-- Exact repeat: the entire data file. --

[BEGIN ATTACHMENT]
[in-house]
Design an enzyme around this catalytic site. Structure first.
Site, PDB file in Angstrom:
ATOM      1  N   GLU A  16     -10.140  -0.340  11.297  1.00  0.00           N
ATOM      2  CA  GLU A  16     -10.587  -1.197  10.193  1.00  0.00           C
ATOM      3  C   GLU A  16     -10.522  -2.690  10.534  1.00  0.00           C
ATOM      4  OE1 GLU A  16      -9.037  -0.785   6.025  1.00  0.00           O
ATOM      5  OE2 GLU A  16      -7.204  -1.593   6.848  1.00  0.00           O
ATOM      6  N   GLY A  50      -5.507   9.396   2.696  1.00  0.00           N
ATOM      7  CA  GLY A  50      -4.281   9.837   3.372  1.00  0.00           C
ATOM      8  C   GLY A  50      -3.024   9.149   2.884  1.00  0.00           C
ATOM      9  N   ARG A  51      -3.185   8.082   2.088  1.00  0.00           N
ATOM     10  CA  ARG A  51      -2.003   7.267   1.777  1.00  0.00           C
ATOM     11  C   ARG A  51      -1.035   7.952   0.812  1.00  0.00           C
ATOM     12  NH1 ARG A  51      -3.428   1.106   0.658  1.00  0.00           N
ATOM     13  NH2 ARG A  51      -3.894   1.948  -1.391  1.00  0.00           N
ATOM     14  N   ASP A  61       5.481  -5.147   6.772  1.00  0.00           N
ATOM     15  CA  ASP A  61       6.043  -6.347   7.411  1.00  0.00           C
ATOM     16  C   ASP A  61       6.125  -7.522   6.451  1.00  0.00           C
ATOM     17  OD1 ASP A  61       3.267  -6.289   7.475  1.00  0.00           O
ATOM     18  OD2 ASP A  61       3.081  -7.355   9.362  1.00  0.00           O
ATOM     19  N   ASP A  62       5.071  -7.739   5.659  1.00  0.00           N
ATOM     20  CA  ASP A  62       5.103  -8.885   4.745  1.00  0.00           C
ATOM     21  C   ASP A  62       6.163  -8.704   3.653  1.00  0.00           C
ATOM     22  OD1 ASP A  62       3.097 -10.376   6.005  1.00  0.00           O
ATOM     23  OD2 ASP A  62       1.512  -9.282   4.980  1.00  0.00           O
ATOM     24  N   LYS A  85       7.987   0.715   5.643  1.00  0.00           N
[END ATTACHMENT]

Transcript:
[in-house]
Design an enzyme around this catalytic site. Structure first.
Site, PDB file in Angstrom:
ATOM      1  N   GLU A  16     -10.140  -0.340  11.297  1.00  0.00           N
ATOM      2  CA  GLU A  16     -10.587  -1.197  10.193  1.00  0.00           C
ATOM      3  C   GLU A  16     -10.522  -2.690  10.534  1.00  0.00           C
ATOM      4  OE1 GLU A  16      -9.037  -0.785   6.025  1.00  0.00           O
ATOM      5  OE2 GLU A  16      -7.204  -1.593   6.848  1.00  0.00           O
ATOM      6  N   GLY A  50      -5.507   9.396   2.696  1.00  0.00           N
ATOM      7  CA  GLY A  50      -4.281   9.837   3.372  1.00  0.00           C
ATOM      8  C   GLY A  50      -3.024   9.149   2.884  1.00  0.00           C
ATOM      9  N   ARG A  51      -3.185   8.082   2.088  1.00  0.00           N
ATOM     10  CA  ARG A  51      -2.003   7.267   1.777  1.00  0.00           C
ATOM     11  C   ARG A  51      -1.035   7.952   0.812  1.00  0.00           C
ATOM     12  NH1 ARG A  51      -3.428   1.106   0.658  1.00  0.00           N
ATOM     13  NH2 ARG A  51      -3.894   1.948  -1.391  1.00  0.00           N
ATOM     14  N   ASP A  61       5.481  -5.147   6.772  1.00  0.00           N
ATOM     15  CA  ASP A  61       6.043  -6.347   7.411  1.00  0.00           C
ATOM     16  C   ASP A  61       6.125  -7.522   6.451  1.00  0.00           C
ATOM     17  OD1 ASP A  61       3.267  -6.289   7.475  1.00  0.00           O
ATOM     18  OD2 ASP A  61       3.081  -7.355   9.362  1.00  0.00           O
ATOM     19  N   ASP A  62       5.071  -7.739   5.659  1.00  0.00           N
ATOM     20  CA  ASP A  62       5.103  -8.885   4.745  1.00  0.00           C
ATOM     21  C   ASP A  62       6.163  -8.704   3.653  1.00  0.00           C
ATOM     22  OD1 ASP A  62       3.097 -10.376   6.005  1.00  0.00           O
ATOM     23  OD2 ASP A  62       1.512  -9.282   4.980  1.00  0.00           O
ATOM     24  N   LYS A  85       7.987   0.715   5.643  1.00  0.00           N